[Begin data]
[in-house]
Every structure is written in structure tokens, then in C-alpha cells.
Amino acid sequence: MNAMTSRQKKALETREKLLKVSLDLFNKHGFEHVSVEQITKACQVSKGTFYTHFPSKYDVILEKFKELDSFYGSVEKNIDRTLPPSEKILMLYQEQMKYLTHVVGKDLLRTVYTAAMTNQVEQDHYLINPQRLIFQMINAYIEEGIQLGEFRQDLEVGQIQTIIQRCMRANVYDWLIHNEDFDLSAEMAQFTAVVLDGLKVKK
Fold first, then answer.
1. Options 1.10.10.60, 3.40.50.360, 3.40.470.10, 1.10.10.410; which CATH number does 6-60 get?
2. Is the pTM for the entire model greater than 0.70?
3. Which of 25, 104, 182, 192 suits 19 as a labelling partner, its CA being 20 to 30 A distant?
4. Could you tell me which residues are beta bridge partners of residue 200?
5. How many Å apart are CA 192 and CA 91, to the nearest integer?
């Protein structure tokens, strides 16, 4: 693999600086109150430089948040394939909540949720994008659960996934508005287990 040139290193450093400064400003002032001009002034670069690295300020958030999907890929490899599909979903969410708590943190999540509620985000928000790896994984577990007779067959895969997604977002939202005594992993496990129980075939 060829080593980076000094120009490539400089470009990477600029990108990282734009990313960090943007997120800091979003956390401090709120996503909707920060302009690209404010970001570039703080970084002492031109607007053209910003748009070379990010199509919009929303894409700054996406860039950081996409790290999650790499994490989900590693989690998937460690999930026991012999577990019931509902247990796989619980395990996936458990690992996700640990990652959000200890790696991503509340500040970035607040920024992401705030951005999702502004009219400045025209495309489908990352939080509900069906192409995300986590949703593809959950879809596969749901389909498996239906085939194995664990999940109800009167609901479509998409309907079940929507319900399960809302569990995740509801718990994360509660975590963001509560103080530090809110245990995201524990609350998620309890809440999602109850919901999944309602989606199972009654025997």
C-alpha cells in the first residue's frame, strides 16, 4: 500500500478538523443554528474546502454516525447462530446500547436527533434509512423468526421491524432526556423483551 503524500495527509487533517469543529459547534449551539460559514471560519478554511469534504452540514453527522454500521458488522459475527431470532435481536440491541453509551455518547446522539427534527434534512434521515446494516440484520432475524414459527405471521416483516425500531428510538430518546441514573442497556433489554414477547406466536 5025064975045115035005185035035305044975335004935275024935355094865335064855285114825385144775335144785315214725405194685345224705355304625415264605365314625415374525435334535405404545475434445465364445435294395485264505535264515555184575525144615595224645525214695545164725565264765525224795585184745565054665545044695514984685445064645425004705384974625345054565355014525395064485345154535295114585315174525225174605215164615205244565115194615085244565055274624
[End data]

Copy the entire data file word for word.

[in-house]
Every structure is written in structure tokens, then in C-alpha cells.
Amino acid sequence: MNAMTSRQKKALETREKLLKVSLDLFNKHGFEHVSVEQITKACQVSKGTFYTHFPSKYDVILEKFKELDSFYGSVEKNIDRTLPPSEKILMLYQEQMKYLTHVVGKDLLRTVYTAAMTNQVEQDHYLINPQRLIFQMINAYIEEGIQLGEFRQDLEVGQIQTIIQRCMRANVYDWLIHNEDFDLSAEMAQFTAVVLDGLKVKK
Fold first, then answer.
1. Options 1.10.10.60, 3.40.50.360, 3.40.470.10, 1.10.10.410; which CATH number does 6-60 get?
2. Is the pTM for the entire model greater than 0.70?
3. Which of 25, 104, 182, 192 suits 19 as a labelling partner, its CA being 20 to 30 A distant?
4. Could you tell me which residues are beta bridge partners of residue 200?
5. How many Å apart are CA 192 and CA 91, to the nearest integer?
């Protein structure tokens, strides 16, 4: 693999600086109150430089948040394939909540949720994008659960996934508005287990 040139290193450093400064400003002032001009002034670069690295300020958030999907890929490899599909979903969410708590943190999540509620985000928000790896994984577990007779067959895969997604977002939202005594992993496990129980075939 060829080593980076000094120009490539400089470009990477600029990108990282734009990313960090943007997120800091979003956390401090709120996503909707920060302009690209404010970001570039703080970084002492031109607007053209910003748009070379990010199509919009929303894409700054996406860039950081996409790290999650790499994490989900590693989690998937460690999930026991012999577990019931509902247990796989619980395990996936458990690992996700640990990652959000200890790696991503509340500040970035607040920024992401705030951005999702502004009219400045025209495309489908990352939080509900069906192409995300986590949703593809959950879809596969749901389909498996239906085939194995664990999940109800009167609901479509998409309907079940929507319900399960809302569990995740509801718990994360509660975590963001509560103080530090809110245990995201524990609350998620309890809440999602109850919901999944309602989606199972009654025997």
C-alpha cells in the first residue's frame, strides 16, 4: 500500500478538523443554528474546502454516525447462530446500547436527533434509512423468526421491524432526556423483551 503524500495527509487533517469543529459547534449551539460559514471560519478554511469534504452540514453527522454500521458488522459475527431470532435481536440491541453509551455518547446522539427534527434534512434521515446494516440484520432475524414459527405471521416483516425500531428510538430518546441514573442497556433489554414477547406466536 5025064975045115035005185035035305044975335004935275024935355094865335064855285114825385144775335144785315214725405194685345224705355304625415264605365314625415374525435334535405404545475434445465364445435294395485264505535264515555184575525144615595224645525214695545164725565264765525224795585184745565054665545044695514984685445064645425004705384974625345054565355014525395064485345154535295114585315174525225174605215164615205244565115194615085244565055274624